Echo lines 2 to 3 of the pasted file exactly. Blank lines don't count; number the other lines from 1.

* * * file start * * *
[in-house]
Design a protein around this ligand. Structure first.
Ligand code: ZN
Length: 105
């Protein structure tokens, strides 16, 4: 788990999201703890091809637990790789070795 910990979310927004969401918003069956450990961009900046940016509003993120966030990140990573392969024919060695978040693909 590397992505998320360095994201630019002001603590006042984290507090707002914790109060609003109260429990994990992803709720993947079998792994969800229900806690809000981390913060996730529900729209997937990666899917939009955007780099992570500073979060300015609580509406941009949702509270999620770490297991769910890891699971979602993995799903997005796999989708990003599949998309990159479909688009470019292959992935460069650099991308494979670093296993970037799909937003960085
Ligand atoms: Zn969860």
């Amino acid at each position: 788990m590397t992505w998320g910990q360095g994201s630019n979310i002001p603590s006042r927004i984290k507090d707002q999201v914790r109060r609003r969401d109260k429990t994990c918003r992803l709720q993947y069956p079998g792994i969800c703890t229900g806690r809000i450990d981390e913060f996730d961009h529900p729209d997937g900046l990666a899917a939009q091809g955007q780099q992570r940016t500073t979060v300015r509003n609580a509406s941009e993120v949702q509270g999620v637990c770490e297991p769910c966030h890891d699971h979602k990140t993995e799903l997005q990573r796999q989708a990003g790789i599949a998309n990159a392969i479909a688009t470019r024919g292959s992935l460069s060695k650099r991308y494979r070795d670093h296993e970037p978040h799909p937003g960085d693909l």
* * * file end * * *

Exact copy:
Design a protein around this ligand. Structure first.
Ligand code: ZN